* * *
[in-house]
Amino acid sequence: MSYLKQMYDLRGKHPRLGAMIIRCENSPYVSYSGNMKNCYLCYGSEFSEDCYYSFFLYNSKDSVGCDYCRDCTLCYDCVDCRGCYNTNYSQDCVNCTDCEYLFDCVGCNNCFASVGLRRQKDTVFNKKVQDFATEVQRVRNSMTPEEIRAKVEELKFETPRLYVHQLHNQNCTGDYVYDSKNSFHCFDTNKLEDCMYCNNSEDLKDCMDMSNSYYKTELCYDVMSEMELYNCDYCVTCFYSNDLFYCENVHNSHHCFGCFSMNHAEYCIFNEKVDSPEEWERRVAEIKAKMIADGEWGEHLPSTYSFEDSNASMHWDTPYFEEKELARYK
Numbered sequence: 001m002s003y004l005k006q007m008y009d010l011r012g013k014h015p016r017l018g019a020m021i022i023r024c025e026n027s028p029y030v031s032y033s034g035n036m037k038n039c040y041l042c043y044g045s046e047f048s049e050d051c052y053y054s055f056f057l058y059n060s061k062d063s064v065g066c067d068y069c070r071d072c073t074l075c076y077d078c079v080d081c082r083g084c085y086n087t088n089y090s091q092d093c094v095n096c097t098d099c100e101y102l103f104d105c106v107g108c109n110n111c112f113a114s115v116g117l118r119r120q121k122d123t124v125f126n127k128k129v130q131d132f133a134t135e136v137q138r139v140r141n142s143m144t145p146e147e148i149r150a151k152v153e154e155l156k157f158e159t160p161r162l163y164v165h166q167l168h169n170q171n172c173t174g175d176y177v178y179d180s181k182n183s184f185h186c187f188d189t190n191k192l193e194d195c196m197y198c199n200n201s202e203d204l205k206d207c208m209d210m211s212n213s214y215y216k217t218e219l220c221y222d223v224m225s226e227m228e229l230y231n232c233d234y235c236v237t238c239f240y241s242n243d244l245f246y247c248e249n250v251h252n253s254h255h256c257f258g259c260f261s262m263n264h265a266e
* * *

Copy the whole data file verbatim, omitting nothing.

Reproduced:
[in-house]
Amino acid sequence: MSYLKQMYDLRGKHPRLGAMIIRCENSPYVSYSGNMKNCYLCYGSEFSEDCYYSFFLYNSKDSVGCDYCRDCTLCYDCVDCRGCYNTNYSQDCVNCTDCEYLFDCVGCNNCFASVGLRRQKDTVFNKKVQDFATEVQRVRNSMTPEEIRAKVEELKFETPRLYVHQLHNQNCTGDYVYDSKNSFHCFDTNKLEDCMYCNNSEDLKDCMDMSNSYYKTELCYDVMSEMELYNCDYCVTCFYSNDLFYCENVHNSHHCFGCFSMNHAEYCIFNEKVDSPEEWERRVAEIKAKMIADGEWGEHLPSTYSFEDSNASMHWDTPYFEEKELARYK
Numbered sequence: 001m002s003y004l005k006q007m008y009d010l011r012g013k014h015p016r017l018g019a020m021i022i023r024c025e026n027s028p029y030v031s032y033s034g035n036m037k038n039c040y041l042c043y044g045s046e047f048s049e050d051c052y053y054s055f056f057l058y059n060s061k062d063s064v065g066c067d068y069c070r071d072c073t074l075c076y077d078c079v080d081c082r083g084c085y086n087t088n089y090s091q092d093c094v095n096c097t098d099c100e101y102l103f104d105c106v107g108c109n110n111c112f113a114s115v116g117l118r119r120q121k122d123t124v125f126n127k128k129v130q131d132f133a134t135e136v137q138r139v140r141n142s143m144t145p146e147e148i149r150a151k152v153e154e155l156k157f158e159t160p161r162l163y164v165h166q167l168h169n170q171n172c173t174g175d176y177v178y179d180s181k182n183s184f185h186c187f188d189t190n191k192l193e194d195c196m197y198c199n200n201s202e203d204l205k206d207c208m209d210m211s212n213s214y215y216k217t218e219l220c221y222d223v224m225s226e227m228e229l230y231n232c233d234y235c236v237t238c239f240y241s242n243d244l245f246y247c248e249n250v251h252n253s254h255h256c257f258g259c260f261s262m263n264h265a266e